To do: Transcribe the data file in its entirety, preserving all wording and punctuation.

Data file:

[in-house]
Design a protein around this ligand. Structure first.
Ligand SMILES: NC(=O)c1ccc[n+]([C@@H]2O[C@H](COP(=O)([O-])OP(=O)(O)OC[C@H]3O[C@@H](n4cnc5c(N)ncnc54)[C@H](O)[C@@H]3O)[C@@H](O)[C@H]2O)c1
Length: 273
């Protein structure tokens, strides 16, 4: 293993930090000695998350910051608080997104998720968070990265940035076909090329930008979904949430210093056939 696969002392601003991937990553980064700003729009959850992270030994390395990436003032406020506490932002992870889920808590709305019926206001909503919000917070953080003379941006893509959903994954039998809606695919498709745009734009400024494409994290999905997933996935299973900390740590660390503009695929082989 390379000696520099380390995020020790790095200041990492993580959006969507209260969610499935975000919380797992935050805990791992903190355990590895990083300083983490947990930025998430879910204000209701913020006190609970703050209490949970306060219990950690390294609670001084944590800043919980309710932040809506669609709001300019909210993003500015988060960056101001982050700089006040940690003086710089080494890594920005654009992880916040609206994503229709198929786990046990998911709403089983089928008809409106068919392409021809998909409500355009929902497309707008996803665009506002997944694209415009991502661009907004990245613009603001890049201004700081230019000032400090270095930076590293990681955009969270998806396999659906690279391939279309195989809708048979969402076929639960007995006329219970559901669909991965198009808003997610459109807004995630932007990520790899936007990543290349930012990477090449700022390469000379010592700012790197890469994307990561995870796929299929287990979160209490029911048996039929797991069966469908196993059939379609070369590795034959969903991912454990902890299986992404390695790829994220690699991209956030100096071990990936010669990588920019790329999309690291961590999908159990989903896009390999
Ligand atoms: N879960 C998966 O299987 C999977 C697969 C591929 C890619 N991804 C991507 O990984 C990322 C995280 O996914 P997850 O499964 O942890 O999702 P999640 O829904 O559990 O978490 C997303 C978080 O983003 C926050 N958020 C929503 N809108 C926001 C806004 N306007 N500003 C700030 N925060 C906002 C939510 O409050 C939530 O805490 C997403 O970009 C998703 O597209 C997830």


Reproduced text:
[in-house]
Design a protein around this ligand. Structure first.
Ligand SMILES: NC(=O)c1ccc[n+]([C@@H]2O[C@H](COP(=O)([O-])OP(=O)(O)OC[C@H]3O[C@@H](n4cnc5c(N)ncnc54)[C@H](O)[C@@H]3O)[C@@H](O)[C@H]2O)c1
Length: 273
């Protein structure tokens, strides 16, 4: 293993930090000695998350910051608080997104998720968070990265940035076909090329930008979904949430210093056939 696969002392601003991937990553980064700003729009959850992270030994390395990436003032406020506490932002992870889920808590709305019926206001909503919000917070953080003379941006893509959903994954039998809606695919498709745009734009400024494409994290999905997933996935299973900390740590660390503009695929082989 390379000696520099380390995020020790790095200041990492993580959006969507209260969610499935975000919380797992935050805990791992903190355990590895990083300083983490947990930025998430879910204000209701913020006190609970703050209490949970306060219990950690390294609670001084944590800043919980309710932040809506669609709001300019909210993003500015988060960056101001982050700089006040940690003086710089080494890594920005654009992880916040609206994503229709198929786990046990998911709403089983089928008809409106068919392409021809998909409500355009929902497309707008996803665009506002997944694209415009991502661009907004990245613009603001890049201004700081230019000032400090270095930076590293990681955009969270998806396999659906690279391939279309195989809708048979969402076929639960007995006329219970559901669909991965198009808003997610459109807004995630932007990520790899936007990543290349930012990477090449700022390469000379010592700012790197890469994307990561995870796929299929287990979160209490029911048996039929797991069966469908196993059939379609070369590795034959969903991912454990902890299986992404390695790829994220690699991209956030100096071990990936010669990588920019790329999309690291961590999908159990989903896009390999
Ligand atoms: N879960 C998966 O299987 C999977 C697969 C591929 C890619 N991804 C991507 O990984 C990322 C995280 O996914 P997850 O499964 O942890 O999702 P999640 O829904 O559990 O978490 C997303 C978080 O983003 C926050 N958020 C929503 N809108 C926001 C806004 N306007 N500003 C700030 N925060 C906002 C939510 O409050 C939530 O805490 C997403 O970009 C998703 O597209 C997830």